Newton, NC – The Historical Association of Catawba County has been selected to host the Smithsonian Traveling Exhibit, “The Way We Worked,” as part of the Museum on Main Street (MoMS) project – a partnership to bring exhibitions and programs to rural cultural organizations. The traveling Smithsonian exhibition will visit six communities in North Carolina before it returns to the Smithsonian in Washington, DC.
The Historical Association of Catawba County will host the exhibition August 10 to September 18, 2018. The project is supported by the United Arts Council of Catawba County’s Grassroots Arts Program, private contributions and the NC Arts Council, a division of the Department of Natural & Cultural Resources.
“We are very grateful to have been chosen to host this exhibit,” shared Dr. Amber Albert, Executive Director of the Historical Association. “It will bring great exposure for the museum and our County. With only six stops in North Carolina, we hope to draw attendance from surrounding counties.
”Workers are the backbone of American society, investing themselves physically, emotionally, and intellectually in their work. “The Way We Worked,” exhibition is adapted from an original exhibition developed by the National Archives, explores how work has become a central element in American culture.
It traces the many changes that have affected the workforce and work environment over the past 150 years, including grown in manufacturing and technology. The exhibition includes historical photographs, archival accounts of workers, film, audio and interactives, to tell the compelling story of how work impacts our individual live and the historical and cultural fabric of our communities.
The Historical Association of Catawba County formed a Smithsonian “The Way We Worked” Steering Committee of community leaders, entrepreneurs and civil servants from throughout the county to begin working on how best to capitalize on the traveling exhibition. Since November, 2017, the committee has been working on budgeting, marketing, education, and special events to bring the exhibition to the forefront of all citizens. “The steering committee agreed early on that we wanted to localize the exhibition,” shared Albert. “Our goal is to showcase the Smithsonian exhibition, but to also expand the exhibition to localize it for Catawbans.”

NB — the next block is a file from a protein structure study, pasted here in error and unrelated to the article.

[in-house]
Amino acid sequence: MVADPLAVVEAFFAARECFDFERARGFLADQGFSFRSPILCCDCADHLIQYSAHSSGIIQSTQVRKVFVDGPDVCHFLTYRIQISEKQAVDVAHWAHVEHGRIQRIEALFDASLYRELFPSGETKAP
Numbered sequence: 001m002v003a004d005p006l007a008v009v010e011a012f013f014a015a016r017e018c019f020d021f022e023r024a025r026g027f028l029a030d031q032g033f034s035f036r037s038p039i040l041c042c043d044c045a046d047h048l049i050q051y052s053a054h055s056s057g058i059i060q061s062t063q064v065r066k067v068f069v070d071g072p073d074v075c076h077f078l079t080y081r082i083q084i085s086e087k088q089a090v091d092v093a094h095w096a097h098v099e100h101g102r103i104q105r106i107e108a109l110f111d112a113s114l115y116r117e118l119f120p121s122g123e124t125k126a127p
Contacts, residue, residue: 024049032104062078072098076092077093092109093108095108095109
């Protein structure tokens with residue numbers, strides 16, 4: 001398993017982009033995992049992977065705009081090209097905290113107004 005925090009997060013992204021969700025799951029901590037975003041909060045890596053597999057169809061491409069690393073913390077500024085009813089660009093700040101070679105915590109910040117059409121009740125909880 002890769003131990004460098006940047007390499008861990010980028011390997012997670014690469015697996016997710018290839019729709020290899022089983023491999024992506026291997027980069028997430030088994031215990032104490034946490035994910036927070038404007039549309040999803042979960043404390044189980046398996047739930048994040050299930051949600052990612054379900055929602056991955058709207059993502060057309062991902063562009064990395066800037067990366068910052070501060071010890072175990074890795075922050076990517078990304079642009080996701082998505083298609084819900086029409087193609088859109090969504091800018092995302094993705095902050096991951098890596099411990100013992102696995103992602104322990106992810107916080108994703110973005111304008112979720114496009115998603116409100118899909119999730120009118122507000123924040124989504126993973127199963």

The Historical Association of Catawba County needs your help preserving stories by nominating someone for recognition at the upcoming event “Honoring Catawbans Workers” in conjunction with the Smithsonian’s traveling exhibit, “The Way We Worked”. Nominations are being sought for workers who have interesting or memorable stories about their work in these industries: furniture, ceramics textiles, agriculture, and fiber optics.
Selected honorees will be interviewed for an oral history, receive two free tickets to the recognition event, and receive a copy of the final DVD. To receive a nomination form, contact email@example.com or on the website at http://catawbahistory.org/nominate. The nomination deadline is July 6.
Learn more about the Historical Association of Catawba County or the “Way We Worked” at www.catawbahistory.org, by calling (828) 465-0383 or by visiting the History Museum at 30 North College Ave. in downtown Newton. Hours are 9 am to 4 pm Tuesday through Saturday. Admission is free.
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